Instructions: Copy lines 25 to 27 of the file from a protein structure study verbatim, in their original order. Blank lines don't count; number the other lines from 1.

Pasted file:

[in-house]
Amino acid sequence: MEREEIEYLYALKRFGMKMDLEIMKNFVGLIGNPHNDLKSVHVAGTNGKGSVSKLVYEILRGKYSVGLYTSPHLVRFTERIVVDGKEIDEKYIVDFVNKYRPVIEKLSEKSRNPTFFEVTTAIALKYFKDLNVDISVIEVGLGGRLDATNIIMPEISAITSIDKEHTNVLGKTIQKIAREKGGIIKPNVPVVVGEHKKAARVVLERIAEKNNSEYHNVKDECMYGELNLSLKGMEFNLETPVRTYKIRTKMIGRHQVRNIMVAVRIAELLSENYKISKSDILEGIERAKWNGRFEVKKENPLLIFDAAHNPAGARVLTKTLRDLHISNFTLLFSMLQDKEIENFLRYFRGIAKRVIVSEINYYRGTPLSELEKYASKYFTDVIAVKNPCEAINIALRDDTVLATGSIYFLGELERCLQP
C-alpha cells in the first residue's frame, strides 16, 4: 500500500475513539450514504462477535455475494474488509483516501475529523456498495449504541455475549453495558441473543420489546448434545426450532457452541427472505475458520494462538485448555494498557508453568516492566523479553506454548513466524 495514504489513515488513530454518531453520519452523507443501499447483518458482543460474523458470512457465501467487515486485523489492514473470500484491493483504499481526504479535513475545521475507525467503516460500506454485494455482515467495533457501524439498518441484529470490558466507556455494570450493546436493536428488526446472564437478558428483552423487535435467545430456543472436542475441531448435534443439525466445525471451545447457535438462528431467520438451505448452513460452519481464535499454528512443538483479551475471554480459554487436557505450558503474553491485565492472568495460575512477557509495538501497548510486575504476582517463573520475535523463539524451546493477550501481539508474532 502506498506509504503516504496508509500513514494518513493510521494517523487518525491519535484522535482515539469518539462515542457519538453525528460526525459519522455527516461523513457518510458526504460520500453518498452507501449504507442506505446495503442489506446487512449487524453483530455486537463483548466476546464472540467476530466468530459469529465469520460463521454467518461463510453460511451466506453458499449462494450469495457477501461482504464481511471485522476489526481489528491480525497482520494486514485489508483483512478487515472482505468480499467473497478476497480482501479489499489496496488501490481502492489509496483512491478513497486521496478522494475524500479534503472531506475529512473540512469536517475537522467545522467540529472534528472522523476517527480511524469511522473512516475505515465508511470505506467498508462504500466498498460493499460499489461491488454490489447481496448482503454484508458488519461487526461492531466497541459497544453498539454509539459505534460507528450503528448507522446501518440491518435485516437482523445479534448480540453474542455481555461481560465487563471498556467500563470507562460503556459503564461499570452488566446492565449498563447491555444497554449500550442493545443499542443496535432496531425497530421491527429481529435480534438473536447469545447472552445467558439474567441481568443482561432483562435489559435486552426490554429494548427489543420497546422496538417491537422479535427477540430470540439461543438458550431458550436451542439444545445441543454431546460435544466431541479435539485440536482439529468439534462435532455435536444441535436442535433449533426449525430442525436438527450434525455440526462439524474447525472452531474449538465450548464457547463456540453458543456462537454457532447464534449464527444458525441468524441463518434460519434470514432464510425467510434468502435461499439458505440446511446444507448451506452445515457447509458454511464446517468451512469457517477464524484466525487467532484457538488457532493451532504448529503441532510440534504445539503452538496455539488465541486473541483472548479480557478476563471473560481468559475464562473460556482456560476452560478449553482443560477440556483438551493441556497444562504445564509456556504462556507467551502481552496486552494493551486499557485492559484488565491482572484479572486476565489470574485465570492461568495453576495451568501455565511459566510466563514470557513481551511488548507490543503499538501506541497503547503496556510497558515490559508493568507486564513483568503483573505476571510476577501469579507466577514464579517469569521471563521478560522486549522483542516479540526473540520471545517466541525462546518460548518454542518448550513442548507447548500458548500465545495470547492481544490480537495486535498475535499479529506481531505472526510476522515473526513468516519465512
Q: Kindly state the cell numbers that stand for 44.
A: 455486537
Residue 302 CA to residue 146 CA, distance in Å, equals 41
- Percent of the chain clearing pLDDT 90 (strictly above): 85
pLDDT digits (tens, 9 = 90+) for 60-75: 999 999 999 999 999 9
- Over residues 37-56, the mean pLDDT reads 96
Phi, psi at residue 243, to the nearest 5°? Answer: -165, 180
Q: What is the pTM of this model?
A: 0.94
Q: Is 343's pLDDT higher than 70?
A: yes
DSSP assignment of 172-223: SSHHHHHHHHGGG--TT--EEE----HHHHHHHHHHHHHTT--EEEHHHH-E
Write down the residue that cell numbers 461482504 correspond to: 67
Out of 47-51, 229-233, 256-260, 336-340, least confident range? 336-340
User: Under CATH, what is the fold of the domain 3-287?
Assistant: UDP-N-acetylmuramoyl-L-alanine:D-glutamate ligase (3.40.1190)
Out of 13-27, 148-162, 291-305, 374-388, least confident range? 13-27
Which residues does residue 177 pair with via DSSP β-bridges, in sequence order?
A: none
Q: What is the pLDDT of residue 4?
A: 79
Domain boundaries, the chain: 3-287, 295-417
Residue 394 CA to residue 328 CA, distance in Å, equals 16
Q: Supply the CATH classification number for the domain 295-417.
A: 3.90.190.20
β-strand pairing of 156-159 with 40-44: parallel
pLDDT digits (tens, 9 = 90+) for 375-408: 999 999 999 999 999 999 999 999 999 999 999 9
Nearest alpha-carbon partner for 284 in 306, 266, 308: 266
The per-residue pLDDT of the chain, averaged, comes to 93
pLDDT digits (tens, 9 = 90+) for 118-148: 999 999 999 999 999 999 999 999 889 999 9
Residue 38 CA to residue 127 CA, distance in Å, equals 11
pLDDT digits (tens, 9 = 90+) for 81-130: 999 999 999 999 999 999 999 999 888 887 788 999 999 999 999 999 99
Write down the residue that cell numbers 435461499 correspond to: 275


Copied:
Domain boundaries, the chain: 3-287, 295-417
Residue 394 CA to residue 328 CA, distance in Å, equals 16
Q: Supply the CATH classification number for the domain 295-417.